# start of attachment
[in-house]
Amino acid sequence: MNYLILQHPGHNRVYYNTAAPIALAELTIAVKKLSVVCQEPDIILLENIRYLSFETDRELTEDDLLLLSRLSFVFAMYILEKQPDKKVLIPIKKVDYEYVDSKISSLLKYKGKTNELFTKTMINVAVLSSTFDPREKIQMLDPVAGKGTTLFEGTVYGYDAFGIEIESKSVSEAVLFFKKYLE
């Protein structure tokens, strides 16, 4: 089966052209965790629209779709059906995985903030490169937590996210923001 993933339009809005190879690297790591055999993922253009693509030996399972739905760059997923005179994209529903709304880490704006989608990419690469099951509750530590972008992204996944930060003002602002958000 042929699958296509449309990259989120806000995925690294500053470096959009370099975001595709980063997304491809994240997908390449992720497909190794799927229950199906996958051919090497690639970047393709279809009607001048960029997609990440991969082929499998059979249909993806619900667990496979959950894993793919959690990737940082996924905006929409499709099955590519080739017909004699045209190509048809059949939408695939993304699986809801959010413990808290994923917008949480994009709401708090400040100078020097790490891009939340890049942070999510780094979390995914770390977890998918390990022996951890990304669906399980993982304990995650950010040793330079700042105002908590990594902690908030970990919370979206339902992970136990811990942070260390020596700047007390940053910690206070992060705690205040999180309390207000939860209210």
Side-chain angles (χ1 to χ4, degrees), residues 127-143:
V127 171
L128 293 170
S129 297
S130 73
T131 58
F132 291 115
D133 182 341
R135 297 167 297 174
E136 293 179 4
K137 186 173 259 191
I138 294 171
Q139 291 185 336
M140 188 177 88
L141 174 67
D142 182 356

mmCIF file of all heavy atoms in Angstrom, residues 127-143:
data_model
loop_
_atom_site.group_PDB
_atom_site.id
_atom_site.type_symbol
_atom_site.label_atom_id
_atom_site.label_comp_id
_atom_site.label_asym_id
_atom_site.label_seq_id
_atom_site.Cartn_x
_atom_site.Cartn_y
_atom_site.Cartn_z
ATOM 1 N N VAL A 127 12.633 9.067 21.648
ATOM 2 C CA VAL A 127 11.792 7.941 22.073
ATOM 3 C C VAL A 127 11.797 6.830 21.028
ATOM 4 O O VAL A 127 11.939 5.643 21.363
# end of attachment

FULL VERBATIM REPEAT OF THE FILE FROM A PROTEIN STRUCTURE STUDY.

[in-house]
Amino acid sequence: MNYLILQHPGHNRVYYNTAAPIALAELTIAVKKLSVVCQEPDIILLENIRYLSFETDRELTEDDLLLLSRLSFVFAMYILEKQPDKKVLIPIKKVDYEYVDSKISSLLKYKGKTNELFTKTMINVAVLSSTFDPREKIQMLDPVAGKGTTLFEGTVYGYDAFGIEIESKSVSEAVLFFKKYLE
């Protein structure tokens, strides 16, 4: 089966052209965790629209779709059906995985903030490169937590996210923001 993933339009809005190879690297790591055999993922253009693509030996399972739905760059997923005179994209529903709304880490704006989608990419690469099951509750530590972008992204996944930060003002602002958000 042929699958296509449309990259989120806000995925690294500053470096959009370099975001595709980063997304491809994240997908390449992720497909190794799927229950199906996958051919090497690639970047393709279809009607001048960029997609990440991969082929499998059979249909993806619900667990496979959950894993793919959690990737940082996924905006929409499709099955590519080739017909004699045209190509048809059949939408695939993304699986809801959010413990808290994923917008949480994009709401708090400040100078020097790490891009939340890049942070999510780094979390995914770390977890998918390990022996951890990304669906399980993982304990995650950010040793330079700042105002908590990594902690908030970990919370979206339902992970136990811990942070260390020596700047007390940053910690206070992060705690205040999180309390207000939860209210």
Side-chain angles (χ1 to χ4, degrees), residues 127-143:
V127 171
L128 293 170
S129 297
S130 73
T131 58
F132 291 115
D133 182 341
R135 297 167 297 174
E136 293 179 4
K137 186 173 259 191
I138 294 171
Q139 291 185 336
M140 188 177 88
L141 174 67
D142 182 356

mmCIF file of all heavy atoms in Angstrom, residues 127-143:
data_model
loop_
_atom_site.group_PDB
_atom_site.id
_atom_site.type_symbol
_atom_site.label_atom_id
_atom_site.label_comp_id
_atom_site.label_asym_id
_atom_site.label_seq_id
_atom_site.Cartn_x
_atom_site.Cartn_y
_atom_site.Cartn_z
ATOM 1 N N VAL A 127 12.633 9.067 21.648
ATOM 2 C CA VAL A 127 11.792 7.941 22.073
ATOM 3 C C VAL A 127 11.797 6.830 21.028
ATOM 4 O O VAL A 127 11.939 5.643 21.363